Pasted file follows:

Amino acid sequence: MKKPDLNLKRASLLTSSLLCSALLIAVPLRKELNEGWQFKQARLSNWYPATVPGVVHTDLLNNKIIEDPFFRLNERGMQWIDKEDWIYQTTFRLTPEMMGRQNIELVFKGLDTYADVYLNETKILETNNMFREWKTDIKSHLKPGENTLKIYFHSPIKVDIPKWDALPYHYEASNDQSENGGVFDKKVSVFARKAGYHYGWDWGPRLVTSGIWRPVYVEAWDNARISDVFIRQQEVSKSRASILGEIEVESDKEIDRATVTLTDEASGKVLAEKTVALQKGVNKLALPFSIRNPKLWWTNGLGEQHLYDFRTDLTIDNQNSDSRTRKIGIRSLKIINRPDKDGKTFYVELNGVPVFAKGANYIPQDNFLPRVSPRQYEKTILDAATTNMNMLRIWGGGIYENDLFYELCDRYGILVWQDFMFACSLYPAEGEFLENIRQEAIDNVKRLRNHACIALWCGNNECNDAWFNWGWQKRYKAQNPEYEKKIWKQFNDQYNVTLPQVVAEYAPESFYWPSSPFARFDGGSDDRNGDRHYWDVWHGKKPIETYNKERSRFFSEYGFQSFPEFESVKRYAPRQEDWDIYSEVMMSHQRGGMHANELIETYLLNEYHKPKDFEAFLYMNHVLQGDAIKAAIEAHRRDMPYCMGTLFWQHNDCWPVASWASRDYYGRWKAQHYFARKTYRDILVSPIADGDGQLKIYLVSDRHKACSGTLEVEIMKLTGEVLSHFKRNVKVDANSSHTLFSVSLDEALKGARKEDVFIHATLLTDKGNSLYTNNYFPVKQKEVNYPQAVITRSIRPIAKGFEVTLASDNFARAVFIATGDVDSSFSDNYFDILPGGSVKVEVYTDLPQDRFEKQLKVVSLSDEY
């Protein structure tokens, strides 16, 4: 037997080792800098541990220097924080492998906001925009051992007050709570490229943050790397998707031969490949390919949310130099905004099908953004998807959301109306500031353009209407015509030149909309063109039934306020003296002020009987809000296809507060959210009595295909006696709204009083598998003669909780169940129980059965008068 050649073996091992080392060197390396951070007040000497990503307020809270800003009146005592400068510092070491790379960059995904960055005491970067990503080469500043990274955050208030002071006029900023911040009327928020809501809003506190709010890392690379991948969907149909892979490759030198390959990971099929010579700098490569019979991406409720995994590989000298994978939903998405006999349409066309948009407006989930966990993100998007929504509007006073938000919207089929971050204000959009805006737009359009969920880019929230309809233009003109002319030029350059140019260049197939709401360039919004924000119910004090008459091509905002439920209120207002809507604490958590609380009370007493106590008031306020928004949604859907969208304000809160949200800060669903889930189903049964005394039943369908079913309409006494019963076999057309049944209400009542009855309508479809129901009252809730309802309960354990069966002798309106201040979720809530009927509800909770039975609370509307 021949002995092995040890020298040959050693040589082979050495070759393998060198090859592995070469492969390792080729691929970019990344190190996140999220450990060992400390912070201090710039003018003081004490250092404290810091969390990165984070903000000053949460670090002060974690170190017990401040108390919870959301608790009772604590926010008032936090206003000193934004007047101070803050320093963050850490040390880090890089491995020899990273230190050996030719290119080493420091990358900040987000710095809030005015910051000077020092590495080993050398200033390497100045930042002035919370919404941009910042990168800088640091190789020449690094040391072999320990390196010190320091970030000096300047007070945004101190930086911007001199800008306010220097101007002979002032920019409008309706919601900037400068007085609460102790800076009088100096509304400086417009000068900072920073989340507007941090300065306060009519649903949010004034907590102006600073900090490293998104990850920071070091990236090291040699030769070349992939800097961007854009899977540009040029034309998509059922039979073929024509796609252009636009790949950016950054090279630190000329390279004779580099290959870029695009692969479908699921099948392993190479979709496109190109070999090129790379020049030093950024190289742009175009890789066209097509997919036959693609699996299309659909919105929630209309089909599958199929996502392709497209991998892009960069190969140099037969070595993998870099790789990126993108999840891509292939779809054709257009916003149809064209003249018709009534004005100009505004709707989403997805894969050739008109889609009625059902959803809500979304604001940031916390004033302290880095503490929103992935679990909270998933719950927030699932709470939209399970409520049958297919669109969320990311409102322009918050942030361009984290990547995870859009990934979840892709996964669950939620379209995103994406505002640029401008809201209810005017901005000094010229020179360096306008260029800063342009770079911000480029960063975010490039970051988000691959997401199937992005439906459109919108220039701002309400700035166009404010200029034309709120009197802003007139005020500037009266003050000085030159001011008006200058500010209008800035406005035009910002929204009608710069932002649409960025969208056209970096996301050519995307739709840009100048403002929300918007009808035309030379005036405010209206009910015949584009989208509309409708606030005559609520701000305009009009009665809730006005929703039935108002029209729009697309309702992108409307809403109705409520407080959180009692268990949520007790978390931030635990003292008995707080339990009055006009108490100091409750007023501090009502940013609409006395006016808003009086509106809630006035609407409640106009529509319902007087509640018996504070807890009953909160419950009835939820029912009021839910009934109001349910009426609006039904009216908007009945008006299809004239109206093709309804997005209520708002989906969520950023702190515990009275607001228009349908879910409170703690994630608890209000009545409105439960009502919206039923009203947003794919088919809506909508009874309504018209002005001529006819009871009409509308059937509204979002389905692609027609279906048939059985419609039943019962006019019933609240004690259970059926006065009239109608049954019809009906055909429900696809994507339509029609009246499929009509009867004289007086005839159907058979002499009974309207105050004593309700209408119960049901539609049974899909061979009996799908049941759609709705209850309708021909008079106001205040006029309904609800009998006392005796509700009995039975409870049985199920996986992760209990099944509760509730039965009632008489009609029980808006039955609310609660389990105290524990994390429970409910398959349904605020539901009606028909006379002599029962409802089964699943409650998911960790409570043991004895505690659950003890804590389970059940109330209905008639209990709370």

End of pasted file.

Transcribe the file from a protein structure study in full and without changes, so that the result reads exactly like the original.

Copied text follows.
Amino acid sequence: MKKPDLNLKRASLLTSSLLCSALLIAVPLRKELNEGWQFKQARLSNWYPATVPGVVHTDLLNNKIIEDPFFRLNERGMQWIDKEDWIYQTTFRLTPEMMGRQNIELVFKGLDTYADVYLNETKILETNNMFREWKTDIKSHLKPGENTLKIYFHSPIKVDIPKWDALPYHYEASNDQSENGGVFDKKVSVFARKAGYHYGWDWGPRLVTSGIWRPVYVEAWDNARISDVFIRQQEVSKSRASILGEIEVESDKEIDRATVTLTDEASGKVLAEKTVALQKGVNKLALPFSIRNPKLWWTNGLGEQHLYDFRTDLTIDNQNSDSRTRKIGIRSLKIINRPDKDGKTFYVELNGVPVFAKGANYIPQDNFLPRVSPRQYEKTILDAATTNMNMLRIWGGGIYENDLFYELCDRYGILVWQDFMFACSLYPAEGEFLENIRQEAIDNVKRLRNHACIALWCGNNECNDAWFNWGWQKRYKAQNPEYEKKIWKQFNDQYNVTLPQVVAEYAPESFYWPSSPFARFDGGSDDRNGDRHYWDVWHGKKPIETYNKERSRFFSEYGFQSFPEFESVKRYAPRQEDWDIYSEVMMSHQRGGMHANELIETYLLNEYHKPKDFEAFLYMNHVLQGDAIKAAIEAHRRDMPYCMGTLFWQHNDCWPVASWASRDYYGRWKAQHYFARKTYRDILVSPIADGDGQLKIYLVSDRHKACSGTLEVEIMKLTGEVLSHFKRNVKVDANSSHTLFSVSLDEALKGARKEDVFIHATLLTDKGNSLYTNNYFPVKQKEVNYPQAVITRSIRPIAKGFEVTLASDNFARAVFIATGDVDSSFSDNYFDILPGGSVKVEVYTDLPQDRFEKQLKVVSLSDEY
């Protein structure tokens, strides 16, 4: 037997080792800098541990220097924080492998906001925009051992007050709570490229943050790397998707031969490949390919949310130099905004099908953004998807959301109306500031353009209407015509030149909309063109039934306020003296002020009987809000296809507060959210009595295909006696709204009083598998003669909780169940129980059965008068 050649073996091992080392060197390396951070007040000497990503307020809270800003009146005592400068510092070491790379960059995904960055005491970067990503080469500043990274955050208030002071006029900023911040009327928020809501809003506190709010890392690379991948969907149909892979490759030198390959990971099929010579700098490569019979991406409720995994590989000298994978939903998405006999349409066309948009407006989930966990993100998007929504509007006073938000919207089929971050204000959009805006737009359009969920880019929230309809233009003109002319030029350059140019260049197939709401360039919004924000119910004090008459091509905002439920209120207002809507604490958590609380009370007493106590008031306020928004949604859907969208304000809160949200800060669903889930189903049964005394039943369908079913309409006494019963076999057309049944209400009542009855309508479809129901009252809730309802309960354990069966002798309106201040979720809530009927509800909770039975609370509307 021949002995092995040890020298040959050693040589082979050495070759393998060198090859592995070469492969390792080729691929970019990344190190996140999220450990060992400390912070201090710039003018003081004490250092404290810091969390990165984070903000000053949460670090002060974690170190017990401040108390919870959301608790009772604590926010008032936090206003000193934004007047101070803050320093963050850490040390880090890089491995020899990273230190050996030719290119080493420091990358900040987000710095809030005015910051000077020092590495080993050398200033390497100045930042002035919370919404941009910042990168800088640091190789020449690094040391072999320990390196010190320091970030000096300047007070945004101190930086911007001199800008306010220097101007002979002032920019409008309706919601900037400068007085609460102790800076009088100096509304400086417009000068900072920073989340507007941090300065306060009519649903949010004034907590102006600073900090490293998104990850920071070091990236090291040699030769070349992939800097961007854009899977540009040029034309998509059922039979073929024509796609252009636009790949950016950054090279630190000329390279004779580099290959870029695009692969479908699921099948392993190479979709496109190109070999090129790379020049030093950024190289742009175009890789066209097509997919036959693609699996299309659909919105929630209309089909599958199929996502392709497209991998892009960069190969140099037969070595993998870099790789990126993108999840891509292939779809054709257009916003149809064209003249018709009534004005100009505004709707989403997805894969050739008109889609009625059902959803809500979304604001940031916390004033302290880095503490929103992935679990909270998933719950927030699932709470939209399970409520049958297919669109969320990311409102322009918050942030361009984290990547995870859009990934979840892709996964669950939620379209995103994406505002640029401008809201209810005017901005000094010229020179360096306008260029800063342009770079911000480029960063975010490039970051988000691959997401199937992005439906459109919108220039701002309400700035166009404010200029034309709120009197802003007139005020500037009266003050000085030159001011008006200058500010209008800035406005035009910002929204009608710069932002649409960025969208056209970096996301050519995307739709840009100048403002929300918007009808035309030379005036405010209206009910015949584009989208509309409708606030005559609520701000305009009009009665809730006005929703039935108002029209729009697309309702992108409307809403109705409520407080959180009692268990949520007790978390931030635990003292008995707080339990009055006009108490100091409750007023501090009502940013609409006395006016808003009086509106809630006035609407409640106009529509319902007087509640018996504070807890009953909160419950009835939820029912009021839910009934109001349910009426609006039904009216908007009945008006299809004239109206093709309804997005209520708002989906969520950023702190515990009275607001228009349908879910409170703690994630608890209000009545409105439960009502919206039923009203947003794919088919809506909508009874309504018209002005001529006819009871009409509308059937509204979002389905692609027609279906048939059985419609039943019962006019019933609240004690259970059926006065009239109608049954019809009906055909429900696809994507339509029609009246499929009509009867004289007086005839159907058979002499009974309207105050004593309700209408119960049901539609049974899909061979009996799908049941759609709705209850309708021909008079106001205040006029309904609800009998006392005796509700009995039975409870049985199920996986992760209990099944509760509730039965009632008489009609029980808006039955609310609660389990105290524990994390429970409910398959349904605020539901009606028909006379002599029962409802089964699943409650998911960790409570043991004895505690659950003890804590389970059940109330209905008639209990709370």